When someone is speaking in front of your camera, you need specific microphones to clearly capture their voice. But what if you’re not trying to record the sound of someone’s voice? What if you’re shooting a serene nature scene with no dialog? How about footage of a busy city street? How do you sonically transport your audience into these settings? Do you use the same microphones that you would use capture dialog? Continue reading Hands-on Review of the Rode Stereo VideoMic Pro
Just in in time for 2012… The Great On-Camera Microphone Shootout 2011 is here! I just tested out seven different on-camera microphones, many of which are new models that came out in 2011. The video I made will give you an idea of what these mics sound like, but I urge you to read this entire article. I explain the fine details of each mic, highlighting their pros and cons. Continue reading The Great On-Camera Mic Shootout 2011
In preparation for the upcoming Great On-Camera Microphone Shootout 2011, I had the chance to give the new Sennheiser MKH 8060 shotgun microphone a good, solid test. You can read this entire blog post and watch my review video, but I’ll go ahead and spoil it for you right now… This is one great sounding microphone!
One thing I’ve noticed is that the compact size of the MKH 8060 doesn’t really come through in pictures and on video. Even though it appears to be a somewhat average-sized shotgun microphone on screen, don’t believe what you see. This microphone is much shorter than the average shotgun. Check out my review video to hear how nice it sounds:
The mic was plugged into my Sound Devices 302 field mixer, where it was supplied with 48 volts of phantom power, and then plugged into my Panasonic GH2 camera. What’s remarkable about the sound in this video is Continue reading Review of the New Sennheiser MKH 8060 Shotgun
If you’ve ever looked into buying a wireless microphone for a video camera or an HDSLR, you probably figured out pretty quickly that the best entry-level system is the $600 Sennheiser G3, while the professionals use higher end Lectrosonics systems. Most people are kind of bummed that there isn’t decent entry-level system for under $600, and the next step up in quality above that is over $2000 more.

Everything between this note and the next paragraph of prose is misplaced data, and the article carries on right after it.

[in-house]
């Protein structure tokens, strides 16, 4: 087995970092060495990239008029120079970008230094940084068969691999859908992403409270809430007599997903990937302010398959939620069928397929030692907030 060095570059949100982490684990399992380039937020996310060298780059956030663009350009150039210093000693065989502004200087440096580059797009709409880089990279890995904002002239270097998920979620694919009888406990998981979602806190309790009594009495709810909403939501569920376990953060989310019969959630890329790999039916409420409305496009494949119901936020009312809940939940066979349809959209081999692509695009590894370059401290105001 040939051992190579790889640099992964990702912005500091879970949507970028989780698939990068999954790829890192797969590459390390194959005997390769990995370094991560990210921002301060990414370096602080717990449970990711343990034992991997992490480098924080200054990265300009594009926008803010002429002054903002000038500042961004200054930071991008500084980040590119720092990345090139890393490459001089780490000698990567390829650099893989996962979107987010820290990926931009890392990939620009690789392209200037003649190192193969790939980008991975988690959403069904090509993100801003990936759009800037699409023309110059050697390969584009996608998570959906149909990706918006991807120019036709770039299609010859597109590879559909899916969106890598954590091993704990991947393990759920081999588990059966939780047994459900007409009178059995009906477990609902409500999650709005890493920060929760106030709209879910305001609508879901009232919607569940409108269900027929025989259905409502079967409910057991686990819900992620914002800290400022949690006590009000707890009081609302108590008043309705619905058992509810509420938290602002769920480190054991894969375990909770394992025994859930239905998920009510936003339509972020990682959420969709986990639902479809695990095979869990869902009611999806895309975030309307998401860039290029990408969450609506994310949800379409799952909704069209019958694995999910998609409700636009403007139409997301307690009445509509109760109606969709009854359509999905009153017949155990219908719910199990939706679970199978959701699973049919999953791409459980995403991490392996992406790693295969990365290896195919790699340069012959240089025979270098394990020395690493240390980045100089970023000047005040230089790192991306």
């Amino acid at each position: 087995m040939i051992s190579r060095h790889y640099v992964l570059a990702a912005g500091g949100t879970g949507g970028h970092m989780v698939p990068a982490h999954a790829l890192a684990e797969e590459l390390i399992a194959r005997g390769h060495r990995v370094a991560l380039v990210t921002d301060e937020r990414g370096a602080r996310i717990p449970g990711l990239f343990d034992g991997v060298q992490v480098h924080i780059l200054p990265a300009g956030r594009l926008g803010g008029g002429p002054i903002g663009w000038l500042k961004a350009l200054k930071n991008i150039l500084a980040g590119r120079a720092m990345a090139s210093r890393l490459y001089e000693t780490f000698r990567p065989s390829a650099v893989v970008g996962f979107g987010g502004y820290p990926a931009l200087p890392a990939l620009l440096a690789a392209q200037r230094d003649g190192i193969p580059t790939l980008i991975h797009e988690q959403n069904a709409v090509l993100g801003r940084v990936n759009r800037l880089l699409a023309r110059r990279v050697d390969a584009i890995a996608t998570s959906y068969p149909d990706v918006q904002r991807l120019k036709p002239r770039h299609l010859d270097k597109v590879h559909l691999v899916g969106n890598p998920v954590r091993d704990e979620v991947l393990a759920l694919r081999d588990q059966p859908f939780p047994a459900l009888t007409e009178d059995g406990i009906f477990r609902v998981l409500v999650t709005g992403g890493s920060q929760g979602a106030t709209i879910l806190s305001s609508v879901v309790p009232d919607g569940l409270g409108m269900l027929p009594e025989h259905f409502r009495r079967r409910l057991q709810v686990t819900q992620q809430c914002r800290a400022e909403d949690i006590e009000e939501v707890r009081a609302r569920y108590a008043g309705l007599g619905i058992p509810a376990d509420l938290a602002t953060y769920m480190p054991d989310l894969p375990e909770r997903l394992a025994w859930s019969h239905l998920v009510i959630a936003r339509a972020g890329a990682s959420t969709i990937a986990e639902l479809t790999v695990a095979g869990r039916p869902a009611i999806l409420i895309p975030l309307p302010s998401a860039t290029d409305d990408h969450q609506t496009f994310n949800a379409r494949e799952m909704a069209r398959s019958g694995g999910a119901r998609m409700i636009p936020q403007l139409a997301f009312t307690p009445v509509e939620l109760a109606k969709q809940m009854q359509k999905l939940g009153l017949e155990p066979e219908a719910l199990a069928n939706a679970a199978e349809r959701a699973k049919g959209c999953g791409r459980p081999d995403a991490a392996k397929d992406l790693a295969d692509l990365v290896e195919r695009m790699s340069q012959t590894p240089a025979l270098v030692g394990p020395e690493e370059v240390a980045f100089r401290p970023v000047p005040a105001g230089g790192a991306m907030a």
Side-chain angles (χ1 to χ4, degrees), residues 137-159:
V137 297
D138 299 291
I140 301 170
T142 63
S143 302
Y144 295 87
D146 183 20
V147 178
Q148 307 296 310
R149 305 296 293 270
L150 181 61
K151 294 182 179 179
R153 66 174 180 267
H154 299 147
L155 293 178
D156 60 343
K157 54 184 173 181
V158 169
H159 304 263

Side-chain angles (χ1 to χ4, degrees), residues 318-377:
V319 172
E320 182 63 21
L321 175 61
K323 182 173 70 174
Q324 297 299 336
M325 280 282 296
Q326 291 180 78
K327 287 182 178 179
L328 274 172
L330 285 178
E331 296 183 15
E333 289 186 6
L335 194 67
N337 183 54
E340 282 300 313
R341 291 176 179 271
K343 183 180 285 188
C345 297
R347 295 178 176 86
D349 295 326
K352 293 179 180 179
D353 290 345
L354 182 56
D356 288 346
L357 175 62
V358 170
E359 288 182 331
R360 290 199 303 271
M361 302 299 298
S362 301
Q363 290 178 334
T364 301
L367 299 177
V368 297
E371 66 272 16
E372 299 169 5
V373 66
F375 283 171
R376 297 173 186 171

Basically, if you’re looking for a battery-powered wireless lav system and you’re on a budget, picking out a model is a drop dead easy decision. Without question the Sennheiser G3 is the best choice. The bad news is that you have to cough up $600. If you’re curious how the the Sennheiser performs quality-wise against the Lectrosonics, I made this little mic shootout to give you an idea:
I’d just like to state again (like I did in the video) that comparing these two wireless systems is a bit silly. Lectrosonics are more expensive for a reason. They’re built without compromises for professional situations where there’s no room for error. However, with that in mind, it’s still impressive to hear how well the Sennheiser G3 performs in this shootout. Continue reading Wireless Mic Shootout: Sennheiser G3 vs. Lectrosonics
If you’ve been reading my blog for any stretch of time, you already know that mini-shotgun microphones like the RØDE VideoMic Pro and the Sennheiser MKE 400 are something I’m very interested in. Why am I obsessed with these little mics, even though I own professional shotguns and field mixers? I just love the idea of having the ultimate miniature ENG kit with me every where I go. I’ve got my compact HDSLR camera, now I just need the perfect little mic to go with it. It’s awesome to be able to produce cinéma vérité style documentary work at a moments notice. This is 100% possible, and having the ideal little shotgun is a big part of what makes it happen.